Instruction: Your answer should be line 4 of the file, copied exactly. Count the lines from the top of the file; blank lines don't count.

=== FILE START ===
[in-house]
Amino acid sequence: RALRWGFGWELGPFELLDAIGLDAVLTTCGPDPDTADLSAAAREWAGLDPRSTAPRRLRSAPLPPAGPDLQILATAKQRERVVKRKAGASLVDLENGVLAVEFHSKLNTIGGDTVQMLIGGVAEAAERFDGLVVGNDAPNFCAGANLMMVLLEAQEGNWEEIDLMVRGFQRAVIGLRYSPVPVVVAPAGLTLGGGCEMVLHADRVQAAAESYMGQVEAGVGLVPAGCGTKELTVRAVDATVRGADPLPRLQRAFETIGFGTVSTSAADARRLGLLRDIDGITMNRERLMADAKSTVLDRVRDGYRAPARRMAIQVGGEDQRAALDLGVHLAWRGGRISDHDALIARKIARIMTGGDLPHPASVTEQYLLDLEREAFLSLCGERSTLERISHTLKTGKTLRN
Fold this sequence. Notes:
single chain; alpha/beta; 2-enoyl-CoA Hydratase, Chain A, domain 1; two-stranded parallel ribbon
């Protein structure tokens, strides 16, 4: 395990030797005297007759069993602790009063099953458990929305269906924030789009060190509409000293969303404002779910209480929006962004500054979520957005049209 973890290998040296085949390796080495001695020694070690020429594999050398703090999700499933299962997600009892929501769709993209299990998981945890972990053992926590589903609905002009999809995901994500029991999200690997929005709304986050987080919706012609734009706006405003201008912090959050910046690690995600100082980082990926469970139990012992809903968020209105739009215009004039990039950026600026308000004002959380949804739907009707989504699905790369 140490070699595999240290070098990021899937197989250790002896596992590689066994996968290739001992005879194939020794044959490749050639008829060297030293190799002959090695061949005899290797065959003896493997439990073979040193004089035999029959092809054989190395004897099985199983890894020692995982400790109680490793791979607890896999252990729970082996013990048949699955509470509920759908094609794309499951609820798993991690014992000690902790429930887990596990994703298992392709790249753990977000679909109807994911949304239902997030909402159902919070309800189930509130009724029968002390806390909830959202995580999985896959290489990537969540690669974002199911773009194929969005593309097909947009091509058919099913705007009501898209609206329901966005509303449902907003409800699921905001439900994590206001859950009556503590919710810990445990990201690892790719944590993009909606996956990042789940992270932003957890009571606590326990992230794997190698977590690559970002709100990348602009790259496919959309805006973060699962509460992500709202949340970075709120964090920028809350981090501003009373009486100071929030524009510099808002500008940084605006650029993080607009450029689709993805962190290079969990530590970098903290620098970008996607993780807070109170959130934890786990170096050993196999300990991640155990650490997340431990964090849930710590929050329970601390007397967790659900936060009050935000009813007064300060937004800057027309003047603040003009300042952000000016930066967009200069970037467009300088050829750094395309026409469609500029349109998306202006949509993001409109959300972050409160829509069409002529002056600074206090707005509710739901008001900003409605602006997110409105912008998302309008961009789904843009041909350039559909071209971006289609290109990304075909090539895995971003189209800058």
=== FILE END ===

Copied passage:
single chain; alpha/beta; 2-enoyl-CoA Hydratase, Chain A, domain 1; two-stranded parallel ribbon